Obama wrote a best-selling book called Audacity of Hope. I, for one, dare to hope but my hope lies not in some charismatic, middle-of-the-road corporate state politician. My hope lies in the set of principles that defines socialism and guides my vision of a future world. My hope lies in my belief in basic human decency and our shared humanity. We are the ancestors of those unborn – believing in false dreams will not bring about change for them. Shuffling paper or our feet will not further our objectives. Doing nothing or having a “they got us into this mess, they can get us out” attitude is, quite simply, not an option. Change will come when enough people decide that enough is enough. When enough people have done enough of the right things.

 We need the world to be free of hunger, discrimination and fear. We need it to be free of thugs and mercenaries acting in the name of unrepresentative regimes. Should we wait for socialism or should we each do what we can as individuals? I know what my gut tells me. But until enough of “us” do enough of the one thing of which each of us is capable – sharing our vision and what we believe in; until we make a lot more socialists – any difference will be transitory. To bring real and lasting change for the benefit of all, the world needs socialism. Is that too audacious to hope for?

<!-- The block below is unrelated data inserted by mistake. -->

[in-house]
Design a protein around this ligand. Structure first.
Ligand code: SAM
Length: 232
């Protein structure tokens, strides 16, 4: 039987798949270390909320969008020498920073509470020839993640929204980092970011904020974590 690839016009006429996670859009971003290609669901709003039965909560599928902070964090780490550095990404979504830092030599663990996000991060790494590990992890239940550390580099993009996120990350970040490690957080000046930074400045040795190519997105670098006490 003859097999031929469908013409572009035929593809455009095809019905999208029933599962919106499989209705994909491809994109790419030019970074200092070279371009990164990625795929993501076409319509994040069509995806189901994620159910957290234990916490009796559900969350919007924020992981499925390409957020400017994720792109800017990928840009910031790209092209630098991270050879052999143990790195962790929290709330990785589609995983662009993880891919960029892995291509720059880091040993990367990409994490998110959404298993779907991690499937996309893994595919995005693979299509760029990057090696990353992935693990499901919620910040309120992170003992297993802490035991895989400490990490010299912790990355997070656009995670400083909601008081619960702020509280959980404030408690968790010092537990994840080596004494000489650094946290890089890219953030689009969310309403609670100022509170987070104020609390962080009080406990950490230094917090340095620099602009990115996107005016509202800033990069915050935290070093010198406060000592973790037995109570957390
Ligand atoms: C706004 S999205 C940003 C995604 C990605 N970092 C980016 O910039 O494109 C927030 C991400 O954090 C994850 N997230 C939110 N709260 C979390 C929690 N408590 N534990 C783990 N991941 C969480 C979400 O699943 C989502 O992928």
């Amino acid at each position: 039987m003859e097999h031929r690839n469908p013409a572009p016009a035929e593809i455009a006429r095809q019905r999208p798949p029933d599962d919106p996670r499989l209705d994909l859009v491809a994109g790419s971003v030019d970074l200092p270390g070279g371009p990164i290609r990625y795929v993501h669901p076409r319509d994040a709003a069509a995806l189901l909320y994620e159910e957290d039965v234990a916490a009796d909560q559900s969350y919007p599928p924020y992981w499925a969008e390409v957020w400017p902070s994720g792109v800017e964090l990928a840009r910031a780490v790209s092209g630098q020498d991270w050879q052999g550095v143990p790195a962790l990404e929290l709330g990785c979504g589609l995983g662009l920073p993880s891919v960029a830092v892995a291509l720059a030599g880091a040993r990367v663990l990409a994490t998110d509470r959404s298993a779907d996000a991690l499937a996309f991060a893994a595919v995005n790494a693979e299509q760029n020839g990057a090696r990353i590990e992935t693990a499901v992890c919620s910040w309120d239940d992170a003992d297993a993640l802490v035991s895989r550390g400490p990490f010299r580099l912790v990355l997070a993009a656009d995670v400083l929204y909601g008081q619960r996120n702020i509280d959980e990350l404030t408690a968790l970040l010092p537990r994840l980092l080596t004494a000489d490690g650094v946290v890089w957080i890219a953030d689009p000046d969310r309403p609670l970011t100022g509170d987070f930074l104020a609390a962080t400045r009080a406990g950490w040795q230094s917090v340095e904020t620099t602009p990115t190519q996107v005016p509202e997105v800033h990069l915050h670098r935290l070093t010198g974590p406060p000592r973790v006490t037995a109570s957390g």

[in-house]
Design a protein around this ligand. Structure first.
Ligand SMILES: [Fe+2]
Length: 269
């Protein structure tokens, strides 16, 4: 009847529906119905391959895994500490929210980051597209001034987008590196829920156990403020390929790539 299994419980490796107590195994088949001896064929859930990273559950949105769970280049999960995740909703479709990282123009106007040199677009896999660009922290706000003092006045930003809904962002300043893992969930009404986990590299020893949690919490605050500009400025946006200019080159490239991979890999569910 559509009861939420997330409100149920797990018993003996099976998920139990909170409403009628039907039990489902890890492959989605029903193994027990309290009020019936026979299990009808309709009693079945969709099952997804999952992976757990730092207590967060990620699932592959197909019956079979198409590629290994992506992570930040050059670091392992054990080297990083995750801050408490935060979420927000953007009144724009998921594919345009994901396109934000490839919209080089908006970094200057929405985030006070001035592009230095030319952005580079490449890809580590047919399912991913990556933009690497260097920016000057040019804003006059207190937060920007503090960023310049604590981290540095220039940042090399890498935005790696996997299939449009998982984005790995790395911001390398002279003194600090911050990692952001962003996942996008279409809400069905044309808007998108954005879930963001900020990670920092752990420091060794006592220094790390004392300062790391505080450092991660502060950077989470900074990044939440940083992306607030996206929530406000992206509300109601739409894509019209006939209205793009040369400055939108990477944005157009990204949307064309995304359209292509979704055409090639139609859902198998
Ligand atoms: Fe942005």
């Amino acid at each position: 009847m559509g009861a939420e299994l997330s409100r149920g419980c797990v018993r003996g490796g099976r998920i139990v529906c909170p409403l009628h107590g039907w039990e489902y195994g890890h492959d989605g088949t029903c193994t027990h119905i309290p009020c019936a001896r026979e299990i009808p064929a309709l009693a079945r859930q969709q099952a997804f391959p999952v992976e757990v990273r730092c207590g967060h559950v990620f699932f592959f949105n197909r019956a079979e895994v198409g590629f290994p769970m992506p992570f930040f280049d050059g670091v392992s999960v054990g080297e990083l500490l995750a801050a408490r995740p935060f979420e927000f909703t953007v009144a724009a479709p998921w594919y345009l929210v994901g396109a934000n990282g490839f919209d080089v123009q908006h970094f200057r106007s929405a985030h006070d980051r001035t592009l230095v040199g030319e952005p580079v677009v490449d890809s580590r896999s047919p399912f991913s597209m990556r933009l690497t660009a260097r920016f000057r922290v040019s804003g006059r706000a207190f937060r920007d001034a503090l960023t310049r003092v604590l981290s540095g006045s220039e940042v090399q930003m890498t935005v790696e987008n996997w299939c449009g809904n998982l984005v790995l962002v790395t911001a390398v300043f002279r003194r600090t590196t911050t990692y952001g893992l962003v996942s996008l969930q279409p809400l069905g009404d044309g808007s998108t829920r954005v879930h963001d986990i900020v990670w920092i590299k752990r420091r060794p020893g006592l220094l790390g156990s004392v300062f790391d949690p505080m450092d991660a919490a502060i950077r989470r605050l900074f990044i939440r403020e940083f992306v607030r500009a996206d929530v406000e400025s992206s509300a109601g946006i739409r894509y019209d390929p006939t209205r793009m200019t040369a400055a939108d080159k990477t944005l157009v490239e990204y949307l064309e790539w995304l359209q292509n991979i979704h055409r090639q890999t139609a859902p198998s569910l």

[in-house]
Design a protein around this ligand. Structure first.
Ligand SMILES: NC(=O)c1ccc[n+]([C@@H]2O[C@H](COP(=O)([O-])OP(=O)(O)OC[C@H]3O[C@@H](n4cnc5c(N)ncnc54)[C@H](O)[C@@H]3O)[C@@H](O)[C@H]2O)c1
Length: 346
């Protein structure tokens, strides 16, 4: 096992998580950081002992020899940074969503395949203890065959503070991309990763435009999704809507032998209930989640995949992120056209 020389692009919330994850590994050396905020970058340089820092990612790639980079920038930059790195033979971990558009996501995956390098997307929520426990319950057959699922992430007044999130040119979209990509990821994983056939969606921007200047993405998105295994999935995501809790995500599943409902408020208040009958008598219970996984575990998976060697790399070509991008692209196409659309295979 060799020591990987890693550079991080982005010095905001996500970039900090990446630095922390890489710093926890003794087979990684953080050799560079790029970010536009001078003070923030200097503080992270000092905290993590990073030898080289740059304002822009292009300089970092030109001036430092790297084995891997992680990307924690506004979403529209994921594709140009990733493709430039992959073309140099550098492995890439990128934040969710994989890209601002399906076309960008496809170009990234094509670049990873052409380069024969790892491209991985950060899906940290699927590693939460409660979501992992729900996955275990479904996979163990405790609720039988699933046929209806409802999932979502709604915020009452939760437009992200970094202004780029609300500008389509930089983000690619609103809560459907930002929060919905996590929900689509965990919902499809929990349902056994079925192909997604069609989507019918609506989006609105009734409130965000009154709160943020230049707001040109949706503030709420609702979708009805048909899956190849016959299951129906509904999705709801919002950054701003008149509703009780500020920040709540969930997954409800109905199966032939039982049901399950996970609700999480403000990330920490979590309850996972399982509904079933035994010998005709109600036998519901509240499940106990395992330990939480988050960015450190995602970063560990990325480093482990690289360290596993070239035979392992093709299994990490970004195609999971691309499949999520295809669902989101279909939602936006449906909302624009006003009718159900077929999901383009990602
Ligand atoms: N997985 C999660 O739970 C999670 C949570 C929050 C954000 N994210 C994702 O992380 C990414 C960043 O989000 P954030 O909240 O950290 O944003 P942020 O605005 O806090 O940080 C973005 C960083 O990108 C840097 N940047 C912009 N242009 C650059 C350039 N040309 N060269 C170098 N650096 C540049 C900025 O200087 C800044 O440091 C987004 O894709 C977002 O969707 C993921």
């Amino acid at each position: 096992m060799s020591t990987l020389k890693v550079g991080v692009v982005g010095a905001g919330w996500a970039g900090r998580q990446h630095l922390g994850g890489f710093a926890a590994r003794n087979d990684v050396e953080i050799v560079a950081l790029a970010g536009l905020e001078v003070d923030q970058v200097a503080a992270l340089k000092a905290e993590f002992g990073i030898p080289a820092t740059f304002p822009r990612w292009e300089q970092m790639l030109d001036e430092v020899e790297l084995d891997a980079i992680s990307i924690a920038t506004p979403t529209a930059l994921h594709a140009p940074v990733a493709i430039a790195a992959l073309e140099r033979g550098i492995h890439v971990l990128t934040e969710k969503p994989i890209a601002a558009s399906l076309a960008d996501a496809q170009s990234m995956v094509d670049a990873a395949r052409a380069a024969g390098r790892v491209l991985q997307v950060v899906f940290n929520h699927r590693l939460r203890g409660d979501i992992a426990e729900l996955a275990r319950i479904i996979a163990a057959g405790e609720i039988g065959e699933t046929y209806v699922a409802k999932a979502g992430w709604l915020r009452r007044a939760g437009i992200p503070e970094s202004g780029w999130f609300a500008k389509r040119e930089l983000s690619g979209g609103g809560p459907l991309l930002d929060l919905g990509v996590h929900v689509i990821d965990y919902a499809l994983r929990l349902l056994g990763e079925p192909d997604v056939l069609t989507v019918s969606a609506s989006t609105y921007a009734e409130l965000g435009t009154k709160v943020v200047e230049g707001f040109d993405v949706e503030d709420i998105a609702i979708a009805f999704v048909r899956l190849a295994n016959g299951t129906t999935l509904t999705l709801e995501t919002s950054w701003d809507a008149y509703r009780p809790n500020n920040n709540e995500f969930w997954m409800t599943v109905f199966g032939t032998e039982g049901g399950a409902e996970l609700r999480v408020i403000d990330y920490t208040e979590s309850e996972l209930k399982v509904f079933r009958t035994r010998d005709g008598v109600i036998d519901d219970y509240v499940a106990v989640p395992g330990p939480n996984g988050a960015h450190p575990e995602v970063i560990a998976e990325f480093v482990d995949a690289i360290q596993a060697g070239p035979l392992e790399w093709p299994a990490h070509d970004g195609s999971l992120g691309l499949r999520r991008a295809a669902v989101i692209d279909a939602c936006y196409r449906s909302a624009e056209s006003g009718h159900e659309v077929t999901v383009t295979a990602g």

Sources: Shane Bauer “Iraq’s New Death Squad”, The Nation, 3 June (.http://www.thenation.com/doc/20090622/bauer). Dahr Jamail, “The Dirty War”, Mideast Dispatches, 9 July (http://dahrjamailiraq.com/the-dirty-war).